Johnny says documents provided at “Sea Cucumber hearing” do not prove meetings of traditional leaders

By Bill Jaynes
The Kaselehlie Press
February 7, 2017
Pohnpei—Assistant Attorney General Judah Johnny said this morning that he didn’t feel that the plaintiffs in the Sea Cucumber case had proved their contention that the Mwoalen Wahuen Pohnpei exists during the hearing that took place in January.
Partially based on an April 2016 letter to Governor Peterson from the Nahnmwarki of Sokehs Herculano Kohler saying that the Mwoalen Wahu en Pohnpei had disbanded, the defendants in the case filed a motion to dismiss claiming that the plaintiffs in the case did not exist.
Our eyewitness sources for the story we wrote on the January hearing on the matter said that Billston Charley, Liaison Officer to the Mwoalen Wahu supplied minutes for five meetings of the council of traditional leaders. That did not in fact happen. They also said that Charley had testified that the minutes of the meetings were also supplied to the Office of the Attorney General. Out sources also were incorrect on that statement. No such testimony was ever given and Johnny says that the AG’s office has never received minutes of the meetings.

Plaintiffs did in fact subpoena those minutes but did not produce them during the hearing. Johnny speculated about what might be in those minutes that would cause the plaintiffs not to produce them during the hearing. He didn’t move for the production of those records before the matter went to the court for a ruling.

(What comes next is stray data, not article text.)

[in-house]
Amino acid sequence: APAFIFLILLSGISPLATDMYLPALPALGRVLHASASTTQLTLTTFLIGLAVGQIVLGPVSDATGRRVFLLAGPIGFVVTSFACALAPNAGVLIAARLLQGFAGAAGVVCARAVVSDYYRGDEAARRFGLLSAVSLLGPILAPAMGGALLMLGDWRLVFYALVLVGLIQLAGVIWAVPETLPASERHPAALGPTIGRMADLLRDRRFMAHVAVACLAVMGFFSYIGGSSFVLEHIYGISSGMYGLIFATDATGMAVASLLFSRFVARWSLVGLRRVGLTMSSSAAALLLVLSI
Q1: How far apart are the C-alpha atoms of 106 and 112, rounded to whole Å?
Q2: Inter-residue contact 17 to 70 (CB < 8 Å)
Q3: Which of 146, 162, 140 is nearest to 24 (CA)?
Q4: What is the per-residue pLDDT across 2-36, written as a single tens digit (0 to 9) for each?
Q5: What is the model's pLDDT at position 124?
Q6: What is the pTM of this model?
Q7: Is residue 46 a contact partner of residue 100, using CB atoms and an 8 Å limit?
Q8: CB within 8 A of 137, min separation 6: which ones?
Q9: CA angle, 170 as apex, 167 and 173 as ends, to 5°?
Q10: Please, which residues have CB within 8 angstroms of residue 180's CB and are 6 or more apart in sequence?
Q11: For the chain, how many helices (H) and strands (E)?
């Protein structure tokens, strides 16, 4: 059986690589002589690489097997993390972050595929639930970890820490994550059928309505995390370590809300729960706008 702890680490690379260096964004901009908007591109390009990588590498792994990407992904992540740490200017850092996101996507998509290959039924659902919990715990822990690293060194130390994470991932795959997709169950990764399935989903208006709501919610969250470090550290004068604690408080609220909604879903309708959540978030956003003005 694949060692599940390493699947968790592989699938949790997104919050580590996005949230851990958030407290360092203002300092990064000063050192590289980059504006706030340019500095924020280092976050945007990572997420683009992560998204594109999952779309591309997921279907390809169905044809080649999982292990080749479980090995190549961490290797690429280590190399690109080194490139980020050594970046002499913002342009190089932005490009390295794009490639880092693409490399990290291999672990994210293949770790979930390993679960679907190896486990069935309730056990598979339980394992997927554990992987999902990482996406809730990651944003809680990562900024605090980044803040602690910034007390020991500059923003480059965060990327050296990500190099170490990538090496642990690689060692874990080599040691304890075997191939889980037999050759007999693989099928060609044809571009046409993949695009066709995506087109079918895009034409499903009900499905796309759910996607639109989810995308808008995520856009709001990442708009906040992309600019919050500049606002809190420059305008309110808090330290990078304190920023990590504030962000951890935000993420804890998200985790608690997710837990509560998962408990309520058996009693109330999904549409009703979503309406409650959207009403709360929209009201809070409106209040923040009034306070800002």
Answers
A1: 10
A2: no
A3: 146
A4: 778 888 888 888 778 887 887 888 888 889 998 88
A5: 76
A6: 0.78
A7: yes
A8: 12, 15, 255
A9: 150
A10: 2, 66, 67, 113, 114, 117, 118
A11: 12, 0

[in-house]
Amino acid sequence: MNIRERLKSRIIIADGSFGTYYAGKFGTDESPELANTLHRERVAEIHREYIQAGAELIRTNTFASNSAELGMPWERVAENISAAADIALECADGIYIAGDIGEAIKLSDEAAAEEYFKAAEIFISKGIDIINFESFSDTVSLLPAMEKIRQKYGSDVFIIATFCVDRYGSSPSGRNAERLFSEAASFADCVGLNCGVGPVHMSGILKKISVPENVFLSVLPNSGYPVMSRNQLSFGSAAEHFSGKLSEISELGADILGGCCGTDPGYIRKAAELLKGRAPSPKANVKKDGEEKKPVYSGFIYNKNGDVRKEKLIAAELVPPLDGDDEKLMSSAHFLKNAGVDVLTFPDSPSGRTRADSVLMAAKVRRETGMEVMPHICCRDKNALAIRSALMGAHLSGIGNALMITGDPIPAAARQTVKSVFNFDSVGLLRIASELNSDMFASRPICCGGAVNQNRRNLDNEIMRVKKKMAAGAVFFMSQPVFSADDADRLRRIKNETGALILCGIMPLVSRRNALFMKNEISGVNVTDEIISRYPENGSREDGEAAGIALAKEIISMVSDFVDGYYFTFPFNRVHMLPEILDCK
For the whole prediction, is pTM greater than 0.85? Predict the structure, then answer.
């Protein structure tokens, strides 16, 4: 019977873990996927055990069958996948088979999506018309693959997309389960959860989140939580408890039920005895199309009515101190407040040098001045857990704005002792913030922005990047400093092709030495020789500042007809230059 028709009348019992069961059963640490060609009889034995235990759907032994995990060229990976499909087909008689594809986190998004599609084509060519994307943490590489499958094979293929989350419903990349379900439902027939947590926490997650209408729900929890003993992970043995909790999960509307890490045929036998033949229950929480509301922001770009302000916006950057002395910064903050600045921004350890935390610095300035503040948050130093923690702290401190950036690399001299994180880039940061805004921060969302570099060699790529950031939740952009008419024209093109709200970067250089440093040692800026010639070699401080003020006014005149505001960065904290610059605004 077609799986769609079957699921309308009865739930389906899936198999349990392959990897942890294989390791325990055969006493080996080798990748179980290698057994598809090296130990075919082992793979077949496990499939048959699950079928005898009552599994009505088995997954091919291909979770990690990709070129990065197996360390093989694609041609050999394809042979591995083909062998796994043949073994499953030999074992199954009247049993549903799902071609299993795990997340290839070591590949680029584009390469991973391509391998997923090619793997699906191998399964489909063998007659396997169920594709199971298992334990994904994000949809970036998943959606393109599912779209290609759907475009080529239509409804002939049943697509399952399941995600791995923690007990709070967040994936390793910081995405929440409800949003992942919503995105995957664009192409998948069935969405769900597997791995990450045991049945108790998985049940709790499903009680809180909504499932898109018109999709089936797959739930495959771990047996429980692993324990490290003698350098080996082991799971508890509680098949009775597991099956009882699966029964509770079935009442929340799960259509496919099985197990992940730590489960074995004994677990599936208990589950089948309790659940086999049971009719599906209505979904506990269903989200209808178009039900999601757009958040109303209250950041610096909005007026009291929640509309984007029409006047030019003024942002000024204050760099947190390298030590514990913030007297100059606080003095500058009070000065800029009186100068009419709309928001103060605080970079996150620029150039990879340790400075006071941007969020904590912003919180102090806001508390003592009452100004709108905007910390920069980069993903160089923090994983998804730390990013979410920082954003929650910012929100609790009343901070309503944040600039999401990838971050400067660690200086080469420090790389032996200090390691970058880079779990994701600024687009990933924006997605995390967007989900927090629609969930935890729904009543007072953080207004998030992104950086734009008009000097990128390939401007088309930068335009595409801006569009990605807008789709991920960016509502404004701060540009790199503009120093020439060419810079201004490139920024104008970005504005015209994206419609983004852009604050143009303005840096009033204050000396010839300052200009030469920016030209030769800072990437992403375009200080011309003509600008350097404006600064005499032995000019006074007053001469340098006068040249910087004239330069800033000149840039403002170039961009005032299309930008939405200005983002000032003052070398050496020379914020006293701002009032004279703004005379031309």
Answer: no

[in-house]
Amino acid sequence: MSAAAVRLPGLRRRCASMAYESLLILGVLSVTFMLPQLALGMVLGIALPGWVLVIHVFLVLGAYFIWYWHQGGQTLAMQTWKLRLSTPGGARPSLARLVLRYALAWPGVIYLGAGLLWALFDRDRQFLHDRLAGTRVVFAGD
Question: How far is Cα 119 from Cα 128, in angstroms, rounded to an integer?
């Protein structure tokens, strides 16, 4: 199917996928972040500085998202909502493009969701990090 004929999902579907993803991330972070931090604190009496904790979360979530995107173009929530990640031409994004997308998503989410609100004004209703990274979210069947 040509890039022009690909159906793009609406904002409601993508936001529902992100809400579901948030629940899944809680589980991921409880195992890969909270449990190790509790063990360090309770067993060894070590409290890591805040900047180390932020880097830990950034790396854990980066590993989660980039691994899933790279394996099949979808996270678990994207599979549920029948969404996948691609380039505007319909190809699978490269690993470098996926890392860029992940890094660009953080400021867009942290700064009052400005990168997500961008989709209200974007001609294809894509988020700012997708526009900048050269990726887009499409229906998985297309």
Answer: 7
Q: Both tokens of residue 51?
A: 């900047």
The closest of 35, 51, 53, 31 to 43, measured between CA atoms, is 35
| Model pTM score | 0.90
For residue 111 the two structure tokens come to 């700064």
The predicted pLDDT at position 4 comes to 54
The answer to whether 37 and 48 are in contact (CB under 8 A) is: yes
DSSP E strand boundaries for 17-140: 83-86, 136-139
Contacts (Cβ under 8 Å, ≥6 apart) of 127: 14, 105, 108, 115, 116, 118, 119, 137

Johnny says that the plaintiffs actually only supplied transmittal documents for stipends given to members of the Mwoalen Wahu and a couple of agendas, but no minutes. He said that he challenged the validity of the documents that were presented because three of them were not signed by the Governor or his representative as he says that are required to be. Further, he says that the transmittal documents don’t actually prove that meetings were ever held. He said that is not uncommon for members of the Mwoalen Wahu to show up for meetings that never take place due to lack of attendance or other reasons. Quite often in those cases, members collect their stipend just for showing up even though a meeting never took place.
As we understand it, Johnny said that while on the stand Mr. Kohler explained that while the Mwoalen Wahu will always exist by tradition, the Mwoalen Wahu en Pohnpei is a modern construct that ceased to exist under that name before the letter he wrote to the Governor in April which preceded the date of the filing of the law suit.
Hinting that there might be some grounds for appeal should the court decide against the defendants’ motion to dismiss but not saying so, he said that during his questioning of Mr. Kohler, the presiding Justice required him to reframe his questioning in a way that was different from what he intended. He also said that some of the testimony was conducted in the Pohnpeian language which was translated to English by a court representative. At one point the translator could not translate what Johnny called an important piece of testimony which the court accepted without translation. This morning he said he couldn’t remember what that point was but that he has asked for a transcript of the hearing.
At press time, the Court had not ruled on the Defendants’ motion.